whats your difference

Discussion in 'Baptist Theology & Bible Study' started by donnA, Mar 19, 2007.

  1. donnA

    donnA
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    We keep seeing people claim others don't know what their side of the calvinism /arminianism agrument believes. why don't you tell us.
    If your arminian tell us what you beleive and why about, (I took this list from my previous post, if you feel something is named wrong rename it and tell us why)
    free will and totaly depravity.
    election
    universal atonement
    Obstructable Grace
    Falling From Grace or Perseverance of the Saints

    If your a calvinism tell us what you beleive and why about
    total depravity
    election
    Limited Atonement
    Irresistible Grace
    Perseverance of the Saints


    I really am interested in what the different beleifs are, and if you say people don't know what you beleive, then tell us.
    Be civil, if at all possible people.
     
  2. MB

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    Your first assumption that we are all either Arminians or Calvinist to varying degrees isn't realistic. I'm neither, nor has any part of my faith come out of the Catholic Churches teaching. Both Calvinism and Arminianism did come from Catholic doctrine. The Calvinist came out of them first and then the Arminians came out of the Calvinist.
    I'm not a Universal nor Pelegan. I'm a fundamentalist. This means my doctrine comes from the Bible. Not half bible and half man or man's logical reasoning. Meaning I do not use any science to figure out what the bible is telling me. I take it literally I let scripture explain scripture. The reasoning of man has to many faults to rely on it and is often wrong.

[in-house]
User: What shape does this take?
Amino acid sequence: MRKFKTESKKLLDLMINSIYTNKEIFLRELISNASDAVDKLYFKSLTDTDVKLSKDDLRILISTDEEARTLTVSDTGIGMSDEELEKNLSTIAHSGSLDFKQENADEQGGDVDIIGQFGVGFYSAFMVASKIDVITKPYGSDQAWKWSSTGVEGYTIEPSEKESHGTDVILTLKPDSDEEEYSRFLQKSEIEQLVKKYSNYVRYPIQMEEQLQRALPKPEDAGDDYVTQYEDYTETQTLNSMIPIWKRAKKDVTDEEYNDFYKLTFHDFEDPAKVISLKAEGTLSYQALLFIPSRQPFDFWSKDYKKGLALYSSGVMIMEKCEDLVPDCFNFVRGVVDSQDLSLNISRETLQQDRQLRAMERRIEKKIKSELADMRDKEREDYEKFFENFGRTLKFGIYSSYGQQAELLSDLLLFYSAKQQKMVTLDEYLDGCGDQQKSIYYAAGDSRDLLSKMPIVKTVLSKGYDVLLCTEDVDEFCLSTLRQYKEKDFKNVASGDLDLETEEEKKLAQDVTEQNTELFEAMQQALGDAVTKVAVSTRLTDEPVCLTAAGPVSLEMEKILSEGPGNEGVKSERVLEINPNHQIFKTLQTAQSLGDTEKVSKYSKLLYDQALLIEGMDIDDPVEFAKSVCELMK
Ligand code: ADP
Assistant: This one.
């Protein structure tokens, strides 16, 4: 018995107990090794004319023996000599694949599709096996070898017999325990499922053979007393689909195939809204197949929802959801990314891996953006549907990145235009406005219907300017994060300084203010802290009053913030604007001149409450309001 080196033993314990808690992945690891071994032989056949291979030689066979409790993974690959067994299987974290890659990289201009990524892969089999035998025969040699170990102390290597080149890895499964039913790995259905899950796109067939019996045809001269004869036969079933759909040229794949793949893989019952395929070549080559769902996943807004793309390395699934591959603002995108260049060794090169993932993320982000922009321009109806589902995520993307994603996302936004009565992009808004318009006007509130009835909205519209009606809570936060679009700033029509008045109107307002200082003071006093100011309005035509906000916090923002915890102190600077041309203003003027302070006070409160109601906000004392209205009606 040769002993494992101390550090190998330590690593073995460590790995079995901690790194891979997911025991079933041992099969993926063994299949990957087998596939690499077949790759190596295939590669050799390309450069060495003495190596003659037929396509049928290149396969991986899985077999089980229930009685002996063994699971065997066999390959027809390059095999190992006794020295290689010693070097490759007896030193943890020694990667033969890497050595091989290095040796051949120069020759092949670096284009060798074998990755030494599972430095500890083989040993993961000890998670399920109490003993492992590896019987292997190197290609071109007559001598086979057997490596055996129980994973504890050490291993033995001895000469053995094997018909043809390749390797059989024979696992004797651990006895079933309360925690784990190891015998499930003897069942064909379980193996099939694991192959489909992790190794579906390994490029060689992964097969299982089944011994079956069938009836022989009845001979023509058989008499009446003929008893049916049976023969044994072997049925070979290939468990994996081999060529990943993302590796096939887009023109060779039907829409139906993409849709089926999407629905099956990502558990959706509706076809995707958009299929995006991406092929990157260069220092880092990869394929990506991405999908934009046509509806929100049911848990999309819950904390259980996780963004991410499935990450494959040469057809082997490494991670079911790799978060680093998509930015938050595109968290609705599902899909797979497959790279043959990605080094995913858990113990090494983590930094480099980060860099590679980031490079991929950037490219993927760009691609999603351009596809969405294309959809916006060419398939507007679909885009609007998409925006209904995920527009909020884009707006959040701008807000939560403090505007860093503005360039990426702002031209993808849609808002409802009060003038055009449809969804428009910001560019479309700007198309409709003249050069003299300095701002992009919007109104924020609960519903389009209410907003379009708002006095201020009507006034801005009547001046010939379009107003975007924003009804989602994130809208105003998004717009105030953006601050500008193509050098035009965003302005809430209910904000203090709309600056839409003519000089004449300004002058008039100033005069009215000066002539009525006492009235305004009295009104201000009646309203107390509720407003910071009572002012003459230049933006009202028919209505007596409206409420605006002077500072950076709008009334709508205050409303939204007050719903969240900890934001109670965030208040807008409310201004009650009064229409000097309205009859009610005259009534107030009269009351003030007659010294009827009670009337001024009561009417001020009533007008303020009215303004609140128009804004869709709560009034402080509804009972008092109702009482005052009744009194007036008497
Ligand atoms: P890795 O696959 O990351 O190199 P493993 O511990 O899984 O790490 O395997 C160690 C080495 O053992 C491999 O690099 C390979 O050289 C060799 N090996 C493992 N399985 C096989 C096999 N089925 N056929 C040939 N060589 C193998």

I believe all men can come to Christ when drawn by hearing the gospel and is not disabled from doing so. I believe our election is in the act of Christ dying on the cross. In that He died for the whole world and not just a few particular people. We are all chosen for Salvation although this choosing does not mean we will be saved.
    The atonement is conditional and therefore limited to only those who come to Him in humble belief. We are all drawn when we hear the gospel but, not all are willing to humbly submit.
    The grace of God is resistible. He doesn't force any one to come to Him. The Jews and others have been doing it for thousands of years. Pharaoh did it as well.
    There is no such thing as perseverance of the saints in scripture because everyone who accepts Christ as there Savior has been sealed. In other words we aren't saved by our righteousness and we aren't kept saved by our righteousness.
    MB
     
  3. Brandon C. Jones

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    donnA, I reason that it looks like you forgot to include the difference option that is known as the "biblical view." Methinks it will be a popular one (tongue in cheek of course). :)
     
  4. drfuss

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    Security of the Believer

    DonnA writes:
    "I really am interested in what the different beleifs are, and if you say people don't know what you beleive, then tell us.
    Be civil, if at all possible people."

    I know of at least six different beliefs in the security of the believer. All believe that God is completely sovereign. All believe that the grace God provides is more than sufficient for salvation. The differences are in man's required response to God's grace.

    The folowing is a very abbreviated description of the beliefs. Obviously more can be said about each one.

    1. 4/5 Point Calvinist.
    - God's elects, man has no choice.

    2. Eternal Security (non- 4/5 point Calvinist).
    - Man must accept grace, then cannot reject grace.

    3, Arminius Belief
    - Man must accept grace, but can later choose to forfiet grace by not believing.

    4. Wesley' Belief
    - Man must: accept grace, confess and be remorseful for known sins, and not have long term unforgiveness of others.

    5. Santification Belief
    - Wesley' belief plus man must continue on the path to santification.

    6. Roman Catholic Belief
    - Accept grace by faith plus have some good works.
     
  5. Sober_Baptist

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    It all hinges on Total Depravity; are we dead in sin, or not?

    If so, you have to be a Predestinarian, later referred to mistakenly as a Calvinist.
    If you are such, to be consistent, you must be a 5 pointer. Even if you're the opposite, to be consistent, you have to be a 5 point Arminian.